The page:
Nobody Puts Baby Driver in a Corner!

Ansel Elgort;Jon Hamm;Jamie Foxx;Eiza Gonzalez

I’ve liked all of writer-director Edgar Wright’s movies, so it’s no surprise that I flipped for his comic thriller Baby Driver. It sings like Freddie Mercury, it dances like Fred Astaire, it burns enough rubber to curl Vin Diesel’s hair.  Run, don’t walk; but for God’s sake don’t drive because you’re likely to kill someone on your way home.

Flying V Fights: The Secret History of the Unknown World, reviewed.

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Just because Flying V’s latest fight-choreography-themed show, The Secret History of the Unknown World, is pandering to me even harder than other fight-intensive shows doesn’t mean you won’t enjoy it, too. Read all about it in this week’s Washington City Paper. Also reviewed: Mosaic Theatre Company’s U.S. premiere of Hanna Eady and Edward Mast’s drama The Return.

 

Putting the “All” in All Things Considered: Can Wonder Woman Find a Superhero Theme That Sticks?

WONDER WOMAN

Here we are in Year Ten of the Marvel Cinematic Era, and not one piece of music has emerged from any of the two dozen films based on Marvel characters (released by Marvel Studios and others) that can rival John Williams’ mighty score for Superman: The Movie or even Danny Elfman’s brooding Batman theme.

For years I’ve wondered why this is. But only two days ago did I at last get to ask someone who might know. On today’s All Things Considered, I speak with Rupert Gregson-Williams, who composed the score for director Patty Jenkins’ fine Wonder Woman. You might even hear a cameo by one of the most venerable heroes of the National Public Radio universe, the great Bob Mondello.

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Woolly Mammoth’s Hir and Rick Foucheux’s possibly-career-capping Avant Bard King Lear, reviewed.

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My review of Woolly Mammoth Theatre Company’srich and fervent” production of Taylor Mac’s family tragicomedy Hir is in this week’s Washington City Paper, along with a shorter one of WSC Avant Bard’s latest King Lear — which just might be the swan song of one of DC’s most venerable actors, the great Rick Foucheux. Pick up a paper copy for old time’s sake.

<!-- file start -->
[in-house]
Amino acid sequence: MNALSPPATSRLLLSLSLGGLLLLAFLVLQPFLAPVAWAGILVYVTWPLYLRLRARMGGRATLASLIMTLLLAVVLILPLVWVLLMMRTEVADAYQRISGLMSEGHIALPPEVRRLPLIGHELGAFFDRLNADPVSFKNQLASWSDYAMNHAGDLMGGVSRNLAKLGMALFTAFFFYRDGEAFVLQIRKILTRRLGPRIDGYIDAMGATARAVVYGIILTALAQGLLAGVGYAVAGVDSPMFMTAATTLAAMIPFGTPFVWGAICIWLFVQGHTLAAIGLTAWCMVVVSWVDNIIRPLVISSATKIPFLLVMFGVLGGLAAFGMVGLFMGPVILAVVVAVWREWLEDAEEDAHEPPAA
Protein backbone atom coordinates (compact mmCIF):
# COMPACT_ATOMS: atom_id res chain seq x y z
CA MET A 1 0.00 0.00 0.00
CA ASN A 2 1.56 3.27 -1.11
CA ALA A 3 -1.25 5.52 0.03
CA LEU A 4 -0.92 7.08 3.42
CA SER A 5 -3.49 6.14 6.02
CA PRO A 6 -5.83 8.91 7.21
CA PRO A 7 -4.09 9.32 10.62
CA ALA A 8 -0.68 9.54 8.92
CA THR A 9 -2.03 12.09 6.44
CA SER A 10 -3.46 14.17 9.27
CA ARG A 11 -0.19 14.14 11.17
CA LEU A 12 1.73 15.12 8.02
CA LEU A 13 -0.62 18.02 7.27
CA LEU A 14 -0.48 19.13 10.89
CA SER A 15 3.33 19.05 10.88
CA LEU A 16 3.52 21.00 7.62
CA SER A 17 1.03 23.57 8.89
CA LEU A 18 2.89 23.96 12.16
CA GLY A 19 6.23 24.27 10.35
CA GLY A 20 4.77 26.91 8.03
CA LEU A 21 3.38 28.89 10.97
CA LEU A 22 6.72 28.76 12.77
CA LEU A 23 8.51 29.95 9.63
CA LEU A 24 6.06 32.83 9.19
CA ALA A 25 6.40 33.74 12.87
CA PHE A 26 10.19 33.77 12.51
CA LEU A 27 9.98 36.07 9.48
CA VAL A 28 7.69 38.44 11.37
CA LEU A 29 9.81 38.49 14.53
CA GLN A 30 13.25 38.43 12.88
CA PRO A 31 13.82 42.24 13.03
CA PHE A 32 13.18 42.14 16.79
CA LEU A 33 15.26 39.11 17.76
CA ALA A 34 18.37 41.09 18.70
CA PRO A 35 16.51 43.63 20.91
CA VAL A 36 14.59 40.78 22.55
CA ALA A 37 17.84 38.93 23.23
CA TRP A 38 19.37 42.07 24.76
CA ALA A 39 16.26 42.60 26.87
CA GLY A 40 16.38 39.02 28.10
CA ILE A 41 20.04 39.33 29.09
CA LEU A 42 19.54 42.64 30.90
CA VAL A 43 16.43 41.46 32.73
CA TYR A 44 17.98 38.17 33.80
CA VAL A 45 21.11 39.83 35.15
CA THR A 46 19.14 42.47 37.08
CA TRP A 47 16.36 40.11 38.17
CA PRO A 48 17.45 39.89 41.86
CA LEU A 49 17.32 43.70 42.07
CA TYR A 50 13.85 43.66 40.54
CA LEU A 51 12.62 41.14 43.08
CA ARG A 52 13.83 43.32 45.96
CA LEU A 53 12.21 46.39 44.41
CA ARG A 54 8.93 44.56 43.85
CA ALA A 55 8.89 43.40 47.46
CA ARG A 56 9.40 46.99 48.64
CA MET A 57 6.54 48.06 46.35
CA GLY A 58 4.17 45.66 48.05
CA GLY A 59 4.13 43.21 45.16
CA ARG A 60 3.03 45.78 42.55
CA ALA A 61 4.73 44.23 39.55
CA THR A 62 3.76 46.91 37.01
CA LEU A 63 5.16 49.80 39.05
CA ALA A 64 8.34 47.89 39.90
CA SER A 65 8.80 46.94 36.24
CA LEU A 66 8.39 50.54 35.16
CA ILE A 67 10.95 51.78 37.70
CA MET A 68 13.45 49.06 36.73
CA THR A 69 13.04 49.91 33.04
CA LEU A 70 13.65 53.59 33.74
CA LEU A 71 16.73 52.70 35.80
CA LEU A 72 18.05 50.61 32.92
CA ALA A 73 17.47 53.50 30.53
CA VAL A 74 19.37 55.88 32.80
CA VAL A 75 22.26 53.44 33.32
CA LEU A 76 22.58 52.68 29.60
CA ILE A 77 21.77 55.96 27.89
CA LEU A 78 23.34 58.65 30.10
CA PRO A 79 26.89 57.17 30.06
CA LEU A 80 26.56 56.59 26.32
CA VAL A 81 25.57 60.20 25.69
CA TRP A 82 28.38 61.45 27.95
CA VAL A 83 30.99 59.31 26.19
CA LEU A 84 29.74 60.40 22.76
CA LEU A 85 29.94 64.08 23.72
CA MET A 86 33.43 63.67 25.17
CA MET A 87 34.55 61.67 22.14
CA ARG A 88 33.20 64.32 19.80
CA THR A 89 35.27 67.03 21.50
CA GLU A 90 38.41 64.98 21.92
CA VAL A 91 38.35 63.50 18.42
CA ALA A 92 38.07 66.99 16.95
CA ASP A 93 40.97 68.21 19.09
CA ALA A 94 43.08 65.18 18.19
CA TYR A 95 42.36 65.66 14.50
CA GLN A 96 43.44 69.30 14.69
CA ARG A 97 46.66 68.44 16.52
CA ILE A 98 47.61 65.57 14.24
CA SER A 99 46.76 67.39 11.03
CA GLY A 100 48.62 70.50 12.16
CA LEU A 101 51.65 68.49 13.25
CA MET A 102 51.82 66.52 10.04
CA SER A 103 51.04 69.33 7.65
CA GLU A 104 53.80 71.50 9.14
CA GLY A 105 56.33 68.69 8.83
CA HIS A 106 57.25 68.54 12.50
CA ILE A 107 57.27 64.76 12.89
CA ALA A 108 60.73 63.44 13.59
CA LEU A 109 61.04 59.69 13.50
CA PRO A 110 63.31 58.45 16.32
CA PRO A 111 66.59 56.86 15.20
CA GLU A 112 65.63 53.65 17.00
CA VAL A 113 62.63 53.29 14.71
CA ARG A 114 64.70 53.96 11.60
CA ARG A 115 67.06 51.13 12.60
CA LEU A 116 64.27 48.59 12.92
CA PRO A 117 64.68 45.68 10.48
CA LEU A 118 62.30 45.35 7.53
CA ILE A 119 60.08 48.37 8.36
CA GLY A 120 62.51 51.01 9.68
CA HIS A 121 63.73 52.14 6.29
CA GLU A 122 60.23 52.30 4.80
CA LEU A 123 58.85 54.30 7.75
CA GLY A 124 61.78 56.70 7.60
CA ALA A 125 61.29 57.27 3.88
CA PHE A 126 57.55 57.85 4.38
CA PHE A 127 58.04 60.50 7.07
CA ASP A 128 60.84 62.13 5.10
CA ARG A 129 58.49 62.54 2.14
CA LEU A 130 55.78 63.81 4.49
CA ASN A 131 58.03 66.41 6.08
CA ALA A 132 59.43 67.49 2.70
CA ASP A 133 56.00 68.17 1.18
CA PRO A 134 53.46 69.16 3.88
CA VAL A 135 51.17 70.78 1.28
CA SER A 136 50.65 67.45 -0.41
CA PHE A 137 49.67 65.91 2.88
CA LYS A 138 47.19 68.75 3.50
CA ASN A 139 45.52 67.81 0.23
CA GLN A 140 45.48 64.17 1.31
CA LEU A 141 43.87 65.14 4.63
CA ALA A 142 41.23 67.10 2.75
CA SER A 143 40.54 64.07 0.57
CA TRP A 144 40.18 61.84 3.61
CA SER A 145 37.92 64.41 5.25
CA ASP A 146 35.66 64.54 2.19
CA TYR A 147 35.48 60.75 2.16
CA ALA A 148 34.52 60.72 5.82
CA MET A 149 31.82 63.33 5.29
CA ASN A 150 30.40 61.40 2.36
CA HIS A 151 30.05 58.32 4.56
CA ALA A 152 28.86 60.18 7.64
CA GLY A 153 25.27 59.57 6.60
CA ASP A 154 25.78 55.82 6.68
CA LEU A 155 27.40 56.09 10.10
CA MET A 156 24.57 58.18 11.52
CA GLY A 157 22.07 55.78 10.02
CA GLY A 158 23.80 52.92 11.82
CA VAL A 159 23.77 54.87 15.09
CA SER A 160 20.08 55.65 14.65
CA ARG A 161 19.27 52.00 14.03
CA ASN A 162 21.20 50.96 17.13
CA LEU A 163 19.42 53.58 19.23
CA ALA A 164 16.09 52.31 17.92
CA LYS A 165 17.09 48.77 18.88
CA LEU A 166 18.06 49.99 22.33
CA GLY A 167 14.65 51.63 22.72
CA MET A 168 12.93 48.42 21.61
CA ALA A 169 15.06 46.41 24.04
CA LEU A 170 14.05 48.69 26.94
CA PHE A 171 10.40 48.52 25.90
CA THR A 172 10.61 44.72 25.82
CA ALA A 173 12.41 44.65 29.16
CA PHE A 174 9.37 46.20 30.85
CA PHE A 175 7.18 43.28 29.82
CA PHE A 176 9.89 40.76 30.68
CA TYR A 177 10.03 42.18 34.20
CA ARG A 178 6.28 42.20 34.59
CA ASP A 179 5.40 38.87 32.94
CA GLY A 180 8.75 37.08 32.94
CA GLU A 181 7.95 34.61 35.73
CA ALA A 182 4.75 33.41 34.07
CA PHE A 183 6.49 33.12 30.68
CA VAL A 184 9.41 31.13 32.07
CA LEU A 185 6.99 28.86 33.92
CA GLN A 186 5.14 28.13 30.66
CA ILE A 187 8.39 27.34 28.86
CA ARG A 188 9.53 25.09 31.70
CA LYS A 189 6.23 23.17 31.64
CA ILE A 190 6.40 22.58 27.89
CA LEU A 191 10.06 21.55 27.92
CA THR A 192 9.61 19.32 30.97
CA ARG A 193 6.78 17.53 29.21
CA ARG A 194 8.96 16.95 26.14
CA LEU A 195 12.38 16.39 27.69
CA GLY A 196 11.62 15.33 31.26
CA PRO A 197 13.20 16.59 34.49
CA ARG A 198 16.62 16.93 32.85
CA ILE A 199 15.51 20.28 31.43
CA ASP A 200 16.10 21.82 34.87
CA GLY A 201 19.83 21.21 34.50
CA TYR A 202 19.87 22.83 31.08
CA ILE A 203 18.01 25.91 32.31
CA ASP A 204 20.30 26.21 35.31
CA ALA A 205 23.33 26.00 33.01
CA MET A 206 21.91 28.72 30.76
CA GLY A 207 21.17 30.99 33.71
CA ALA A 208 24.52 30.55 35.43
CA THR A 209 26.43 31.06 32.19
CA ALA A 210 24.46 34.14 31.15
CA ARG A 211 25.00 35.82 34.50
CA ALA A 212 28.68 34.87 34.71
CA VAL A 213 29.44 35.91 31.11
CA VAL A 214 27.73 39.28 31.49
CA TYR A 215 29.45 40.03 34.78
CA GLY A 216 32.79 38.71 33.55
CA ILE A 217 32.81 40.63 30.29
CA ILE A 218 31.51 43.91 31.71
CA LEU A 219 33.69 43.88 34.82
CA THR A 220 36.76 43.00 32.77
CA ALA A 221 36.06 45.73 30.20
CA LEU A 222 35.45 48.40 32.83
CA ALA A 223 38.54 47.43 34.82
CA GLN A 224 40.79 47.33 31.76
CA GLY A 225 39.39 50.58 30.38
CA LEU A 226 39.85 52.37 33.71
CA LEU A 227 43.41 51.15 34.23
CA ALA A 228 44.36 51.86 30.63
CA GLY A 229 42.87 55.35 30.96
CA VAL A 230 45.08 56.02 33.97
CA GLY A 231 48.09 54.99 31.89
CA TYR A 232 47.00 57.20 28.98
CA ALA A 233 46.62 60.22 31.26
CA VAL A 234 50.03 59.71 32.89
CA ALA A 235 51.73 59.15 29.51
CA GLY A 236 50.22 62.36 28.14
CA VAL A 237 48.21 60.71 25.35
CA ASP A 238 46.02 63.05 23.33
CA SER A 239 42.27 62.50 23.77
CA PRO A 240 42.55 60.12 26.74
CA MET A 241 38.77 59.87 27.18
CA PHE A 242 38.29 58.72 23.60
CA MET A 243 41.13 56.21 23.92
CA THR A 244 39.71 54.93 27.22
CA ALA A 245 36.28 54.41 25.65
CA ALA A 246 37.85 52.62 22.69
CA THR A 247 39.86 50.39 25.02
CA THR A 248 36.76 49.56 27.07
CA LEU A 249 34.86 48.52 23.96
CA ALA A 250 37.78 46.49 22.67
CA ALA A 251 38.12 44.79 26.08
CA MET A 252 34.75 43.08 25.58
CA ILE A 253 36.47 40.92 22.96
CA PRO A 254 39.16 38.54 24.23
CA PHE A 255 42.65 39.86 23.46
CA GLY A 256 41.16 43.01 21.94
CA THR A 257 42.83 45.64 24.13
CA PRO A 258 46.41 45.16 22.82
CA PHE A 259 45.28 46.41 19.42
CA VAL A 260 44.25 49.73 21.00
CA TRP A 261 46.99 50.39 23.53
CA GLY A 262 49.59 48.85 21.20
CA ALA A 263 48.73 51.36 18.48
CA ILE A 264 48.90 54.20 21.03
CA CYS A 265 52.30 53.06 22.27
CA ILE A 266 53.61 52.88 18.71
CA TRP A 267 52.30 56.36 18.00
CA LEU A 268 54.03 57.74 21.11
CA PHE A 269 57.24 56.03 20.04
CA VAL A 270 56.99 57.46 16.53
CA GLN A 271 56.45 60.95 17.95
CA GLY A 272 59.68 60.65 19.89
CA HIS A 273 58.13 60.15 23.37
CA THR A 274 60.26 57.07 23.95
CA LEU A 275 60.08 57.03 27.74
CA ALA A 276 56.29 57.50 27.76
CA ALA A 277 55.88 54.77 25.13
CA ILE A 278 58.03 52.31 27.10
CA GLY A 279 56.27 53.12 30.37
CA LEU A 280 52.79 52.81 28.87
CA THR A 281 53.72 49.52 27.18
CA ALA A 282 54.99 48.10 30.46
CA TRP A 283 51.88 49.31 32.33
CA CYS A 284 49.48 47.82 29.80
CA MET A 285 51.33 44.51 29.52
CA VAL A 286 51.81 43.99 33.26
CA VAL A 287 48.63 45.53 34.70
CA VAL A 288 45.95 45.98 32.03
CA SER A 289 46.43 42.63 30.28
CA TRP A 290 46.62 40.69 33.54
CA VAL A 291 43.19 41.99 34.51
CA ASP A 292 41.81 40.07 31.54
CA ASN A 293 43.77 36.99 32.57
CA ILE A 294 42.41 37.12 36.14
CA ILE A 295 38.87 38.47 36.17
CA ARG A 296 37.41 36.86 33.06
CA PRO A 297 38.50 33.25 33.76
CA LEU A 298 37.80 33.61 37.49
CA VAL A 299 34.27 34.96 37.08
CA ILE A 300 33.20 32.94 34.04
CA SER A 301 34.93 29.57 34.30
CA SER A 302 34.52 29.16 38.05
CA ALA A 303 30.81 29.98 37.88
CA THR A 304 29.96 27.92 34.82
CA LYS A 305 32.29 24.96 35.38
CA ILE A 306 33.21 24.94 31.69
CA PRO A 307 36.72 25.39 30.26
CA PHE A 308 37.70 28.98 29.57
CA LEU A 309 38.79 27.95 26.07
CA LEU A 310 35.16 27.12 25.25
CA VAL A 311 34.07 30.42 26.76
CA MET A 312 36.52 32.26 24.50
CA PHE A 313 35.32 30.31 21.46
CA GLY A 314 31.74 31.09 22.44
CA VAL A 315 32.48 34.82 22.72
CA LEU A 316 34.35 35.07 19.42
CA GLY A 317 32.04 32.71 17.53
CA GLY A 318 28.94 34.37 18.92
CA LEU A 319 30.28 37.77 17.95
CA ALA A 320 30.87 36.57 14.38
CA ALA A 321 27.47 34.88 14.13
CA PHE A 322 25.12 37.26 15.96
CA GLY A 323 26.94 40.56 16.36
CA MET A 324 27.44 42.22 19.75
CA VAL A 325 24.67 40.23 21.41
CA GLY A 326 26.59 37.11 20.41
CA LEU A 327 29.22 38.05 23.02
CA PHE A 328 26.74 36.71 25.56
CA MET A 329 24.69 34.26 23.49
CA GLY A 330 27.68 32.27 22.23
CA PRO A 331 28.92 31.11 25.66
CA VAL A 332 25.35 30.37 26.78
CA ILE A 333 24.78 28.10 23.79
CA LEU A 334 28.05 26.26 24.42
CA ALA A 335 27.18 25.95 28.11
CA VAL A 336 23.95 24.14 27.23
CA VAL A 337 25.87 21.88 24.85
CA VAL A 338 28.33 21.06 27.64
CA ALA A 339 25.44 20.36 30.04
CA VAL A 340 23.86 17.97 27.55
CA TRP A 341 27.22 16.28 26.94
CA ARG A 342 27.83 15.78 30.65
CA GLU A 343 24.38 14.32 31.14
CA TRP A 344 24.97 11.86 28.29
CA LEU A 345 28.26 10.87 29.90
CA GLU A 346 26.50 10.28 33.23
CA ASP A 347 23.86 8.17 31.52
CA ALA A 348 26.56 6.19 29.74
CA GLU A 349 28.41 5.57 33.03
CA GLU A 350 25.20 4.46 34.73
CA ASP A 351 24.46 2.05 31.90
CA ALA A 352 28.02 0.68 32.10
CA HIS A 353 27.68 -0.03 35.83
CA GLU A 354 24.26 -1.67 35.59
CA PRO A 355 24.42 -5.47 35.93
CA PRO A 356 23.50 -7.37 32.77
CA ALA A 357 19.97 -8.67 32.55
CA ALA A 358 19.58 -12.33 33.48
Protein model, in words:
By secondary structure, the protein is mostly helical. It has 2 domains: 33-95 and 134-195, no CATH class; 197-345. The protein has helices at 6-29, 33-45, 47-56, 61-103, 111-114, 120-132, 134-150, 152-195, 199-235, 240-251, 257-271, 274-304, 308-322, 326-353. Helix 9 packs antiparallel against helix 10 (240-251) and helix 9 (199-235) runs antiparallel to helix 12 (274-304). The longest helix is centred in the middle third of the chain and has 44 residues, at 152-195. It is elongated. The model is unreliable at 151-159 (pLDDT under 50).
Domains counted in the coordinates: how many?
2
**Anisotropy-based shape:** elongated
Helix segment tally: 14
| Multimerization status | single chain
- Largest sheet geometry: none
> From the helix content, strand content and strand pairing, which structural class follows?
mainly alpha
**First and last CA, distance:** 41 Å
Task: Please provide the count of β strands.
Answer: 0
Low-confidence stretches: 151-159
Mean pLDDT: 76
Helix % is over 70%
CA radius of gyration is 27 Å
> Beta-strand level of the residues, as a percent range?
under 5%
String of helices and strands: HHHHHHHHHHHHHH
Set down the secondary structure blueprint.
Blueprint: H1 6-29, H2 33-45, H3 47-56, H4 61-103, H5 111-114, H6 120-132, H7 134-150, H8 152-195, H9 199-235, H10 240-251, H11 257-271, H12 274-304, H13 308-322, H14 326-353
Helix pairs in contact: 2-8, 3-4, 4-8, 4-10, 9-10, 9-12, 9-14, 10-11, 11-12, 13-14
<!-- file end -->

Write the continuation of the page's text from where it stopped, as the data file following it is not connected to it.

Hear Me Threaten the Life of Co-Host Josh Larsen on Last Week’s Filmspotting!

Hamilton Biehn CameronThe Terminator is one of my favorite movies. When my Windy City pals Adam Kempenarr and Josh Larsen announced the other week that they would make writer-director James Cameron’s low-budget, high-concept sci-fi classic the subject of one of their “Sacred Cow” reviews, I knew that the likelihood that Josh—a critic who generally seems to dislike action films, with the bizarre exception of the Fast & the Furious franchise, which to me represents the genre at its most derivative and least inspired—would rain on it. He hates Predator, people! Predator! A film I saw last year at the Library of Congress!

So I took action. To paraphrase Al Capone, you can get farther with a kind word and a quote from The Terminator than you can with a kind word alone. And the threatening voice mail I left for Josh opened last week’s episode.
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From the Streaming Service That Brought You The Handmaid’s Tale, Something Completely Different in Becoming Bond

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It’s a strange coincidence that Sir Roger Moore, 007 No. 003, died only about 48 hours after the premiere of the very funny Hulu documentary Becoming Bond, about one-and-done 007 George Lazenby — who, incredibly, landed the most sought-after role in showbiz (circa 1968) with double-oh-zero prior acting experience.
I’ll never get tired of this real-life story. And the Bond flick that resulted, On Her Majesty’s Secret Service, is in my Bond Top Five, way above of any of the Moore entries. Anyway, I wrote about all this for the weekend crowd. And I fan-casted Matt Gourley, again.

I wrote this piece quickly, and it occurred to me only after I’d send it off to my editor, the great Linda Holmes, that I might’ve mentioned the passage of the documentary wherein Lazenby explains the discovery that turned him from a failing salesman into into a successful one. He might’ve been talking about acting.

Pop Culture Happy Hour: Alien: Covenant and Veep

ALIEN: COVENANTMy pal-for-life Glen Weldon is Down Under this week—like Quigley, like Jackman, like Michael J. “Crocodile” Dundee—but I was glad to be part of a reduced Pop Culture Happy Hour panel along with host Linda Holmes and regular Stephen Thompson to dissect the messy but fascinating prequel-sequel Alien: Covenant and to marvel at how the political satire Veep has stayed so strong for six seasons. At the end of the episode, I give a little love to little-loved—by me, anyway—replacement 007 Sir Roger Moore, who passed away this week at the age of 89. You can hear the full episode here or embedded below.
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